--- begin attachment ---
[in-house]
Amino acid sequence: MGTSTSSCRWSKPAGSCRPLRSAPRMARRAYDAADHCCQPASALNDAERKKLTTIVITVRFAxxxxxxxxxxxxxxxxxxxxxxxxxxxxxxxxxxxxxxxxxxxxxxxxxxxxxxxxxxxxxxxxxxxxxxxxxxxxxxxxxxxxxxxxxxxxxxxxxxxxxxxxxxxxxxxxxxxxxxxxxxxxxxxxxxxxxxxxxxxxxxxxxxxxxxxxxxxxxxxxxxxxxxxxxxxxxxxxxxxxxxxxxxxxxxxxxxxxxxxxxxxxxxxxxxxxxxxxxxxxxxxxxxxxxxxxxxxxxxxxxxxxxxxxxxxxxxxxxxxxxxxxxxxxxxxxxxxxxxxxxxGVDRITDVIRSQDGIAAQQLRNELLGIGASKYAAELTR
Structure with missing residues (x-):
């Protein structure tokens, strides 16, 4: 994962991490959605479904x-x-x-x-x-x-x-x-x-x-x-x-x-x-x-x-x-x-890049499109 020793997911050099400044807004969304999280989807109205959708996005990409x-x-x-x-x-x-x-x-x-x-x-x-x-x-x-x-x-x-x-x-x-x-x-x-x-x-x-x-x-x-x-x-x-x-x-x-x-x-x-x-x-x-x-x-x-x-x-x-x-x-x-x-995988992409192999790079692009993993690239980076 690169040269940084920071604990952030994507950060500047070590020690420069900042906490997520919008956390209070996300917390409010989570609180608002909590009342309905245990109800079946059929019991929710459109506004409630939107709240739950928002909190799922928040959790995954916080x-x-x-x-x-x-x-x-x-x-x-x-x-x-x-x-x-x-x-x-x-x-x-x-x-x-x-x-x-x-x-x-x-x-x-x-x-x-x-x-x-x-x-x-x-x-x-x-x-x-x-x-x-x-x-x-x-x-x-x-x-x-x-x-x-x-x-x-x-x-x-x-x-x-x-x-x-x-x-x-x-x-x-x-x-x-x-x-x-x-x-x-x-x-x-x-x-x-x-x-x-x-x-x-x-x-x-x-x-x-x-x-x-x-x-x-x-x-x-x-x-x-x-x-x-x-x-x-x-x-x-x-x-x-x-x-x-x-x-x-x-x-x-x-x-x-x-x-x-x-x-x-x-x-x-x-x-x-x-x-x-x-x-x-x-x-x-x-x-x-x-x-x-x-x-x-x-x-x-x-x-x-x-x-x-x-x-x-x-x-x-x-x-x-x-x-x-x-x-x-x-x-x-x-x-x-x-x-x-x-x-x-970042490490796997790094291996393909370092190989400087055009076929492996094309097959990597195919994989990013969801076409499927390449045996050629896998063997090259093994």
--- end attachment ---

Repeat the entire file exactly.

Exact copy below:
[in-house]
Amino acid sequence: MGTSTSSCRWSKPAGSCRPLRSAPRMARRAYDAADHCCQPASALNDAERKKLTTIVITVRFAxxxxxxxxxxxxxxxxxxxxxxxxxxxxxxxxxxxxxxxxxxxxxxxxxxxxxxxxxxxxxxxxxxxxxxxxxxxxxxxxxxxxxxxxxxxxxxxxxxxxxxxxxxxxxxxxxxxxxxxxxxxxxxxxxxxxxxxxxxxxxxxxxxxxxxxxxxxxxxxxxxxxxxxxxxxxxxxxxxxxxxxxxxxxxxxxxxxxxxxxxxxxxxxxxxxxxxxxxxxxxxxxxxxxxxxxxxxxxxxxxxxxxxxxxxxxxxxxxxxxxxxxxxxxxxxxxxxxxxxxxxGVDRITDVIRSQDGIAAQQLRNELLGIGASKYAAELTR
Structure with missing residues (x-):
């Protein structure tokens, strides 16, 4: 994962991490959605479904x-x-x-x-x-x-x-x-x-x-x-x-x-x-x-x-x-x-890049499109 020793997911050099400044807004969304999280989807109205959708996005990409x-x-x-x-x-x-x-x-x-x-x-x-x-x-x-x-x-x-x-x-x-x-x-x-x-x-x-x-x-x-x-x-x-x-x-x-x-x-x-x-x-x-x-x-x-x-x-x-x-x-x-x-995988992409192999790079692009993993690239980076 690169040269940084920071604990952030994507950060500047070590020690420069900042906490997520919008956390209070996300917390409010989570609180608002909590009342309905245990109800079946059929019991929710459109506004409630939107709240739950928002909190799922928040959790995954916080x-x-x-x-x-x-x-x-x-x-x-x-x-x-x-x-x-x-x-x-x-x-x-x-x-x-x-x-x-x-x-x-x-x-x-x-x-x-x-x-x-x-x-x-x-x-x-x-x-x-x-x-x-x-x-x-x-x-x-x-x-x-x-x-x-x-x-x-x-x-x-x-x-x-x-x-x-x-x-x-x-x-x-x-x-x-x-x-x-x-x-x-x-x-x-x-x-x-x-x-x-x-x-x-x-x-x-x-x-x-x-x-x-x-x-x-x-x-x-x-x-x-x-x-x-x-x-x-x-x-x-x-x-x-x-x-x-x-x-x-x-x-x-x-x-x-x-x-x-x-x-x-x-x-x-x-x-x-x-x-x-x-x-x-x-x-x-x-x-x-x-x-x-x-x-x-x-x-x-x-x-x-x-x-x-x-x-x-x-x-x-x-x-x-x-x-x-x-x-x-x-x-x-x-x-x-x-x-x-x-x-x-970042490490796997790094291996393909370092190989400087055009076929492996094309097959990597195919994989990013969801076409499927390449045996050629896998063997090259093994």